Lateral Lines: Water Flow Part II: Common Devices
Last month I discussed the differing types of water flow. The idea there was to get people thinking about what type of flow they want in their aquarium. This month I'm going to present some very basic information. This is a review of some of the more common water flow devices used in the hobby.
Powerheads are submersible water pumps. They have an intake and an output. These have been a staple in the hobby for two decades. There are several manufactures but nearly all powerheads look and work the same. They have a housing with two openings (water to come in and water to go out) and they have a spinning impeller. This impeller is a rotating wheel with many blades, and is driven by a magnet. The magnet spins on a ceramic rod spinning the impeller to push out water.
After many, many years of the same old thing with powerheads a revolutionary idea came through. Instead of an intake and an output the new series of pumps has a very broad output and the water is drawn in from all sides (a ring pattern around the pump) and the flow produced is a wide almost laminar pattern. I describe this is a cylinder of water moving along with the pump in the middle drawing from behind and pushing forward.
Once this type of engineering came into the hobby it spread like wild-fire. The total amount of water pushed around is vastly greater than typical powerheads and the electrical usage is not increased. These pumps are far superior in terms of efficiency.
Two main types of stream pumps are now available. One is a conversion from a standard powerhead where a modification kit is used to replace part of the powerhead. The second is a manufactured stream pump which is designed with a propeller types of blade and not the standard impeller.
I just like that term because I'm not sure how else to say it. These pumps are not submersible and must be kept out of the water. For these pumps to work they need plumbing. That is they have a pipe that takes water into their intake and another pipe that takes the water out of their output. These pumps can push a lot of water. On average they produce 10 times the water flow and with a considerable amount of head pressure. These pumps are often used as tank return pumps to push water against gravity back up to the display tank.
In recent years the "closed loop" system as become very popular. It should be noted in my opinion the closed loop is about to face extinction. I think a few years from now we'll all be looking back on the days' of the closed loop. The idea here is that the water from the display tank runs down a pipe to the pump, then back up another pipe and into the tank. Because gravity is pulling the water down to the pump, it offsets the force needed to pump the water back up to the tank. It produces almost 0 head loss and the pump can operate at nearly full force. There is more to it than that, but I don't see reason to cover it. Feel free to email me for more details.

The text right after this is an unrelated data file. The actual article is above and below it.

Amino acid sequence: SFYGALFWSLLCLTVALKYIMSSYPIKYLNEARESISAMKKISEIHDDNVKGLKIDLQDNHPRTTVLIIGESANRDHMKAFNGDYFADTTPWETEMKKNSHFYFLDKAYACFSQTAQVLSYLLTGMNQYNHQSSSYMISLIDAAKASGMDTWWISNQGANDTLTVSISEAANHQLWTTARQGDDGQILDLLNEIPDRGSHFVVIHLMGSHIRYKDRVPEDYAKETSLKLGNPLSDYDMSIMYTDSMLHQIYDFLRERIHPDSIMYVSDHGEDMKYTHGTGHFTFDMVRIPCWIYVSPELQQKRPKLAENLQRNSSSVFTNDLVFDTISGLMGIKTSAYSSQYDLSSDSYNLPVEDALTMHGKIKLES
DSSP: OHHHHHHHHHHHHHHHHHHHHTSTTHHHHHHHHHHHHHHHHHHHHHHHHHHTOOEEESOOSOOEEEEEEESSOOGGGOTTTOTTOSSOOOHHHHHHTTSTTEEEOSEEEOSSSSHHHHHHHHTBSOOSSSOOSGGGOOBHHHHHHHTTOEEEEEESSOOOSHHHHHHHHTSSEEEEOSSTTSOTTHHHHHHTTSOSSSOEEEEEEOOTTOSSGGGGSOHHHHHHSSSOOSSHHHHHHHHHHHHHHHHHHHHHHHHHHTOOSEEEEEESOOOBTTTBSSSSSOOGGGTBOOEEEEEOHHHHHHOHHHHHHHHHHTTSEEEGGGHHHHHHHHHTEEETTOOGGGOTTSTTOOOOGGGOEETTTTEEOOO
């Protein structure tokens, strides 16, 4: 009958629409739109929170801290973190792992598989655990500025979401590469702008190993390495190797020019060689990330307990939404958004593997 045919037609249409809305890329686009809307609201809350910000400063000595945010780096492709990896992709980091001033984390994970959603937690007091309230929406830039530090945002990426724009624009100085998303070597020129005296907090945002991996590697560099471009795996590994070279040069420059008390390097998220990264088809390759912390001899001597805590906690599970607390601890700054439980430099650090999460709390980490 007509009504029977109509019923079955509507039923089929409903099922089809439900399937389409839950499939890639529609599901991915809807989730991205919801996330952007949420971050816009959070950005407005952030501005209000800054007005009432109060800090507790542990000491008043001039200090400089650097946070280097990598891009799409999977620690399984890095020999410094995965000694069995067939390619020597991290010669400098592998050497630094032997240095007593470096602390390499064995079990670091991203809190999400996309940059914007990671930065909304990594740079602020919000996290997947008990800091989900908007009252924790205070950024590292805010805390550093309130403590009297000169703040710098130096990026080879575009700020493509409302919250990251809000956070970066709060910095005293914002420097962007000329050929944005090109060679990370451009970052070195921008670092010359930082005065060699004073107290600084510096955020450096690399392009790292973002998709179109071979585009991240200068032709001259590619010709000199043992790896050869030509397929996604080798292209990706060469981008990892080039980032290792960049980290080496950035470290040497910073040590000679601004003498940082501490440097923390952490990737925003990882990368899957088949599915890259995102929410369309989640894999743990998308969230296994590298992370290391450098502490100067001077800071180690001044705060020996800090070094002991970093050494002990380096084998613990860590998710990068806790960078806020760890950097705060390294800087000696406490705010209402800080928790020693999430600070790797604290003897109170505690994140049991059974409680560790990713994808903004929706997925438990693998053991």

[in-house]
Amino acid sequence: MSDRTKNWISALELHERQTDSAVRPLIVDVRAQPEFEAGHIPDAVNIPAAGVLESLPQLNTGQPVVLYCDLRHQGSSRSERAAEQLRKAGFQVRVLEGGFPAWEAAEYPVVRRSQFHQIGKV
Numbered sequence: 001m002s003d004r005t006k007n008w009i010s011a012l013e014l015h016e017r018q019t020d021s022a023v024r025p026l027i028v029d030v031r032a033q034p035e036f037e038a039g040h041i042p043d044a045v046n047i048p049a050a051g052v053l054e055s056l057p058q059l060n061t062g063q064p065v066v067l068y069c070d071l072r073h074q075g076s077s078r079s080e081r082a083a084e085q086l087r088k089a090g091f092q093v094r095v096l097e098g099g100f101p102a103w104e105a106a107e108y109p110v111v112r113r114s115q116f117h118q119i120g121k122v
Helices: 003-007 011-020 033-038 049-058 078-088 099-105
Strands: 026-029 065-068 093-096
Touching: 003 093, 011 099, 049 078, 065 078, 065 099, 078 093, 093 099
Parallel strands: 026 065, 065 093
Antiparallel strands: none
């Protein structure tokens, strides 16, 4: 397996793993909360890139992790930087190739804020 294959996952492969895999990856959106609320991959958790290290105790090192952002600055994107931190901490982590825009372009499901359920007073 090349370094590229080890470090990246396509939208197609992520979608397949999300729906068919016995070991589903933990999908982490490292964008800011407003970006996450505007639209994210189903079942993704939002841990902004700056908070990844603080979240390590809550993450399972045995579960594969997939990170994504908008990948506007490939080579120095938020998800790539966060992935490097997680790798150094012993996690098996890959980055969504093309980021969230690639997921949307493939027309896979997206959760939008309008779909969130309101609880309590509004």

Hang On Filters
These filters are super popular in the freshwater hobby. However, they are rarely seen in the marine hobby. That may be changing as more and more hobbyists venture into the world of nano tanks. These items are great for producing water flow (especially along the surface) for small aquaria.
Water Direction Changing Devices
There are four different water direction-changing devices that I frequently see. They are a spinning outlet of some type (usually put on a powerhead), a gear driven item that changes the direction of the water, a valve that opens and closes different outlets, and a powered swiveling outlet. The common manufacture/brands of these items are shown here.
While many devices exist for water flow, there are some new revolutionary products on the market and on the horizon. Upcoming articles will introduce these items to the readers. Before exploring these items it is a good idea to learn the basics… and hopefully we just covered that.
Adam Blundell M.S. works in Marine Ecology, and in Pathology for the University of Utah. He is also Director of The Aquatic & Terrestrial Research Team, a group which utilizes research projects to bring together hobbyists and scientists. His vision is to see this type of collaboration lead to further advancements in aquarium husbandry. While not in the lab Adam provides services for of one of the Nation's largest hobbyist clubs, the Wasatch Marine Aquarium Society (www.utahreefs.com). Adam has earned a BS in Marine Biology and an MS in the Natural Resource and Health fields. Adam can be contacted at email@example.com.